Each of us were encouraged to investigate what it meant for us to lead as ourselves, not as any other person. We were given time to examine our own stories and callings. We were told that leadership is a skill that can be practiced. In all of this, I found immense comfort, challenge, and freedom.

I am not a meek or mild person. I can assert myself all day long, to be honest. This isn't something I would say that I struggle with. I charge forward into most situations whether I'm feeling "charge-y" or not, and usually it's the not. In fact, the more scared and small I'm feeling, the "braver" and bigger I get. Knowing this about myself, I have spent the last several years trying to punch myself down. I have tried to quiet this over-assertive self by piling contempt on her: "don't be the angry person," "don't be the critical person," "be a team player," "don't ask too much," the list goes on.

That day, in that conference, as I was given time to reflect on my story and on my calling, I realized that I've always been a person that needed to say what she felt was true. There are stories from before I can remember about me, not even in school yet, calling out what I saw as inconsistencies and injustice around me. And I realized, this is something good that God placed in me. This is not something to be piling "angry woman" contempt on. And just as strongly, just as early in my story, I remembered that God had also placed in me a need to draw attention to the beauty I saw. My mother is like this. I remember walking down the dirt road by our house as child with her pointing out wildflowers and the way their colors spoke to each other.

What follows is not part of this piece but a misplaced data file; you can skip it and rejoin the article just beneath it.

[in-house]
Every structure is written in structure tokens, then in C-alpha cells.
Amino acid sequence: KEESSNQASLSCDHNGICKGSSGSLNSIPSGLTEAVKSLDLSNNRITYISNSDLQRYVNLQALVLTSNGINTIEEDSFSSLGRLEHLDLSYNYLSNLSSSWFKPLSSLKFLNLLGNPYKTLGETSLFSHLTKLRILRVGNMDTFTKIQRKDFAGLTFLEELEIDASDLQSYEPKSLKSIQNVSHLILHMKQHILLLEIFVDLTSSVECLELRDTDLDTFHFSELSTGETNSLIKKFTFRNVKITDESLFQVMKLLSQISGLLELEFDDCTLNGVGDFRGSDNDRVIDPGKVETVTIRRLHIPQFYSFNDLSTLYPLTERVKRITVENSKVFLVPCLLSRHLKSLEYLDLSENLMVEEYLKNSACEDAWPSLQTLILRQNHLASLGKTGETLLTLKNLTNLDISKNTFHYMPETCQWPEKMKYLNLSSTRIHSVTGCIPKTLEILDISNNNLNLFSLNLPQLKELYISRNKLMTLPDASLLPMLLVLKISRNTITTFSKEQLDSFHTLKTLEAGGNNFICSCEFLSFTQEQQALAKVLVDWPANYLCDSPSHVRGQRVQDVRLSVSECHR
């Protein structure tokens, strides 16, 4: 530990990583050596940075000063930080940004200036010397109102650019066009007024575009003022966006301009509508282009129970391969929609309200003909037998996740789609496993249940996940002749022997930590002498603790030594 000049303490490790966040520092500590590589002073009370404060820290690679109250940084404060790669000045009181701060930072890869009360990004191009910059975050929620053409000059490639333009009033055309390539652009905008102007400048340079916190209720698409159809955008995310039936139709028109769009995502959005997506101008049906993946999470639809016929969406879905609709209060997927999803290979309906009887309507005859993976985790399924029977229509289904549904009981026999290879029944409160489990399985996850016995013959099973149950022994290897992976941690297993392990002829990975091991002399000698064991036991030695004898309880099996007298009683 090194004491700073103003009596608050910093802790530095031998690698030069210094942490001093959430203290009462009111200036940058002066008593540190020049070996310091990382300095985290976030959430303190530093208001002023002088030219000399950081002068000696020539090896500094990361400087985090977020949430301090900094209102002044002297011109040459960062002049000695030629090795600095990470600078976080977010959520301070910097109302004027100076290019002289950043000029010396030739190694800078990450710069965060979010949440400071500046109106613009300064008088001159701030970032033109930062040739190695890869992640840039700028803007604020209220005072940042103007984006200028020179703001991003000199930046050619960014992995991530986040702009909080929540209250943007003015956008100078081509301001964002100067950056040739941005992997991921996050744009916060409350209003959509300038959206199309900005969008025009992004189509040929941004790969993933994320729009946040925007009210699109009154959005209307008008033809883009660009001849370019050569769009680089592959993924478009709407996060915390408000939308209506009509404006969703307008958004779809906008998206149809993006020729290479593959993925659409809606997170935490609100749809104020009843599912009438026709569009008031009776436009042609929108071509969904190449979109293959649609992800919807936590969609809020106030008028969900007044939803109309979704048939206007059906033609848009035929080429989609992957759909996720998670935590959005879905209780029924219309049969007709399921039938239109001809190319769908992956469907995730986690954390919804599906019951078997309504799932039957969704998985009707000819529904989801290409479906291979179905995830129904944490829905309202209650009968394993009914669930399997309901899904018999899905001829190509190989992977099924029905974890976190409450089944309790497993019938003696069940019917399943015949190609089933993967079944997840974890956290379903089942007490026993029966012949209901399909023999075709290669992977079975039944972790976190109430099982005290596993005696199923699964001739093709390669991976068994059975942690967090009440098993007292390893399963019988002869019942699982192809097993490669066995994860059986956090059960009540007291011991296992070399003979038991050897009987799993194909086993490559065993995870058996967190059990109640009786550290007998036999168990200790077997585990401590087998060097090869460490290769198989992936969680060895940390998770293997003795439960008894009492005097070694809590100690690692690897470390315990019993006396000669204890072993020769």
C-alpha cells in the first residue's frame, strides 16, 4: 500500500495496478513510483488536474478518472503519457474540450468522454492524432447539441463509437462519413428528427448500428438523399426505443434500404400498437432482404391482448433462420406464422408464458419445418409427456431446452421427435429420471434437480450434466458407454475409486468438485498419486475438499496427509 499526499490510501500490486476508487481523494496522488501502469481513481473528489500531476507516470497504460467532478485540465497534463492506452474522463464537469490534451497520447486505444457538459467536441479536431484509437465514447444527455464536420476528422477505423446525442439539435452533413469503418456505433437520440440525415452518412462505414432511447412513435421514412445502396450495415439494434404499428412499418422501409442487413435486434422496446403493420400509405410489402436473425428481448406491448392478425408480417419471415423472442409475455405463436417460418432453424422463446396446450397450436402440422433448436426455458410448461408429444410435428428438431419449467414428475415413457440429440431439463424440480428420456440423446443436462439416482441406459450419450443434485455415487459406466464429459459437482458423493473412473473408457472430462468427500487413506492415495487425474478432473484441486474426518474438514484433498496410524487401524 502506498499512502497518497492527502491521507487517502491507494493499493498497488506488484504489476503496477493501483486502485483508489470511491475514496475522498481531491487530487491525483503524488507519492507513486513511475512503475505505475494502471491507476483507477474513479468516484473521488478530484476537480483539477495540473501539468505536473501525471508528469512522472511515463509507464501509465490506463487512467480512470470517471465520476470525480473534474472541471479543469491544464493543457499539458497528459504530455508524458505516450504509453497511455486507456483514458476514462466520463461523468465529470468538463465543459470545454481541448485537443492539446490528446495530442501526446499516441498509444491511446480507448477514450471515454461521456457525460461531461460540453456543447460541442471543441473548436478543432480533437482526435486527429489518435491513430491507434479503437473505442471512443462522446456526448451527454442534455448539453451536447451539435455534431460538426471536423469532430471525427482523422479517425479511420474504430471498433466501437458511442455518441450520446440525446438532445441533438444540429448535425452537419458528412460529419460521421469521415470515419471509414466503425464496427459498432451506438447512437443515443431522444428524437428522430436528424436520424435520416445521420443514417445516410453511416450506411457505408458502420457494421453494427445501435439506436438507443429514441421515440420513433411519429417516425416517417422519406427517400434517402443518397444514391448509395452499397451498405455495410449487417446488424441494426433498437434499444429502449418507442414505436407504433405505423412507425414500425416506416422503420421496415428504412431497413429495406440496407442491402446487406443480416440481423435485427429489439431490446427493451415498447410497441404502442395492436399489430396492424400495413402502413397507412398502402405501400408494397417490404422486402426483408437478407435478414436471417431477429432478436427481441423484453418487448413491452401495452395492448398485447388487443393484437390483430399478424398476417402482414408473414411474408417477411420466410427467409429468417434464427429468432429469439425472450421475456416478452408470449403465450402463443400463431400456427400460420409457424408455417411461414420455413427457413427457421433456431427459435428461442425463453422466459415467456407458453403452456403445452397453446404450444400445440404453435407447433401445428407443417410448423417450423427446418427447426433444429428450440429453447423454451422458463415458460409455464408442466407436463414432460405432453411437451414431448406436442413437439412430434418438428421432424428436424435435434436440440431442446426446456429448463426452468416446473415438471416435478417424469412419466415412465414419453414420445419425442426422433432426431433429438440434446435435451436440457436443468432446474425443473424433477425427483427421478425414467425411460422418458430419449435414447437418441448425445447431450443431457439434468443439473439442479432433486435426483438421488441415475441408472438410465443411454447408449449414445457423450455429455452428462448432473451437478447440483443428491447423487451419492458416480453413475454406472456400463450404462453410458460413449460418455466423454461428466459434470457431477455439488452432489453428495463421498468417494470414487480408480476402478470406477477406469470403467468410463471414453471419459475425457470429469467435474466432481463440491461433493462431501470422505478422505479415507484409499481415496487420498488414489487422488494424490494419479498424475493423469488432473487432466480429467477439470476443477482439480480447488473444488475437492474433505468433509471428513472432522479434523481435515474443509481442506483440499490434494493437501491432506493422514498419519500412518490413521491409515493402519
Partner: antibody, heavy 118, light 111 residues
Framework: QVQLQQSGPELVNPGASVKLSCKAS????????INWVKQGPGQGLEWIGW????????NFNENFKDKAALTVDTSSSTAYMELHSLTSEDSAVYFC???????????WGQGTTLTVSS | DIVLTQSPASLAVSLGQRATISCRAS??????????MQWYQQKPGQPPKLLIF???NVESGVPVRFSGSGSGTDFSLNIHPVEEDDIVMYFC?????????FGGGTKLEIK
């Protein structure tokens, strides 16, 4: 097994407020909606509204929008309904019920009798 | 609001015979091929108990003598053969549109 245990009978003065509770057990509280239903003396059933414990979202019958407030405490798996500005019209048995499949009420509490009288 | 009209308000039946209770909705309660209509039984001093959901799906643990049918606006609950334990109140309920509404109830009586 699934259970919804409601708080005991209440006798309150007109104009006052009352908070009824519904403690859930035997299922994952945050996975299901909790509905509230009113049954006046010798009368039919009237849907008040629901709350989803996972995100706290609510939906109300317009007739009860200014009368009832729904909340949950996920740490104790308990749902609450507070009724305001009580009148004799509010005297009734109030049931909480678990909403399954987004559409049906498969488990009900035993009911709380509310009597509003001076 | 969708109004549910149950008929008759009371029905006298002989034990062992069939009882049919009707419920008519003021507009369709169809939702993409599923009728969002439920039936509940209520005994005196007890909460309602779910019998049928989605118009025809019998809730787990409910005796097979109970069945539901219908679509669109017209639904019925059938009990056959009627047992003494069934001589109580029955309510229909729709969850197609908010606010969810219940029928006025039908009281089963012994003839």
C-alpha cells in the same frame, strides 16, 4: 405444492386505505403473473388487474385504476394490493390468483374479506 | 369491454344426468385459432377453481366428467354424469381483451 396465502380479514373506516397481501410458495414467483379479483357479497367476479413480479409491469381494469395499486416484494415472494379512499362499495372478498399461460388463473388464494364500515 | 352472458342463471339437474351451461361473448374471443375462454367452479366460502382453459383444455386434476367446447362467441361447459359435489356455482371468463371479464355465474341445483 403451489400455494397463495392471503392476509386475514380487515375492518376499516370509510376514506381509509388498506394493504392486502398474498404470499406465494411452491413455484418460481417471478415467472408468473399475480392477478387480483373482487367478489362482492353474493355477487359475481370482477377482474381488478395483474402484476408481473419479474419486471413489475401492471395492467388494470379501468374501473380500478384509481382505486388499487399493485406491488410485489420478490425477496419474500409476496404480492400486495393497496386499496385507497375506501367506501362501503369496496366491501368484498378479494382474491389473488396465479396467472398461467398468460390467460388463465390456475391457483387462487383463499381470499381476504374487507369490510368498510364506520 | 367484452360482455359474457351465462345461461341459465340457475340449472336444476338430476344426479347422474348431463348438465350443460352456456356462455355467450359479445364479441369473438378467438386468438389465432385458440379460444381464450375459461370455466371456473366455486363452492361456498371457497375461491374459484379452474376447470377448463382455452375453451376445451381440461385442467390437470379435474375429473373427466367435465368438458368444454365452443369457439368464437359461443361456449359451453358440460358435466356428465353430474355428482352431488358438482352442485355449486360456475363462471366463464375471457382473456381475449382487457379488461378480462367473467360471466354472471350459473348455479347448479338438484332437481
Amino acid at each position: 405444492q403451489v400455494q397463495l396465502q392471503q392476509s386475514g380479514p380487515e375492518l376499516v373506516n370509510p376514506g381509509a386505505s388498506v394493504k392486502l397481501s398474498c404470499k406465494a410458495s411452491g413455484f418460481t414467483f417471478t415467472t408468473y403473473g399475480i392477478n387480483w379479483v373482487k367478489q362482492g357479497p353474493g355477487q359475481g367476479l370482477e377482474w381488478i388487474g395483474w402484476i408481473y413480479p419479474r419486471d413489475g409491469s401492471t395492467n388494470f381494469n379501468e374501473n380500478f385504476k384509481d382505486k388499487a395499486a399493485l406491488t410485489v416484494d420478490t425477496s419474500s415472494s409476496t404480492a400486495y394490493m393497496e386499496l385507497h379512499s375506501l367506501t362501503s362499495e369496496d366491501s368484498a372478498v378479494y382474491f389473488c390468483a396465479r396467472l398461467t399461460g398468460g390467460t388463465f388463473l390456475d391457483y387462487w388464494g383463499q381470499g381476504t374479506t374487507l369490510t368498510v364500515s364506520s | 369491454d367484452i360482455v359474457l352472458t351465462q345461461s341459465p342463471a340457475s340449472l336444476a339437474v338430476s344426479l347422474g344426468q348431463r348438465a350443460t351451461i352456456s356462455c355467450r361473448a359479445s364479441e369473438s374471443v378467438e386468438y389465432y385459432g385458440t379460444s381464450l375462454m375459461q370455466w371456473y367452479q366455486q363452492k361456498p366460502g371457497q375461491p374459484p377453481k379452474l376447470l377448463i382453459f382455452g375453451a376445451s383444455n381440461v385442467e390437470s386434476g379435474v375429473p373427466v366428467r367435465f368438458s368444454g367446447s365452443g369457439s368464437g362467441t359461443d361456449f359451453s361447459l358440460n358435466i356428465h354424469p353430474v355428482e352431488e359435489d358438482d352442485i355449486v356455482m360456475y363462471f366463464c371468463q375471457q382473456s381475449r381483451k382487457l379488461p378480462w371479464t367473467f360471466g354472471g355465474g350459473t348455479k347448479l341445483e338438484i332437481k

So I wrote down something I had known all along, but had never written down: "I am called to see and speak about the beauty and the [baloney]  ...and I can PRACTICE THIS SKILL."

Those last words were accompanied by many exclamation points and underlining and stars.

Ever since, I have felt this challenge and this freedom, and I would offer it to you. The challenge is: what if you showed up to your life and relationships and work, without contempt for yourself or apology? What if you offered what you saw and believed and had to say with the increasing confidence and humility that comes from knowing it was God who gave you your eyes and heart and words, and it was God who gave you the person in front of you that you're speaking to?

The freedom I would offer is: this is a skill you are practicing. It is okay to not do it perfectly. If you have spent years pushing yourself down, of course you are not going to stand up perfectly in these first moments. Even if you come on too strong, sisters, AT LEAST YOU CAME.

We will learn, if we practice, and if we practice together.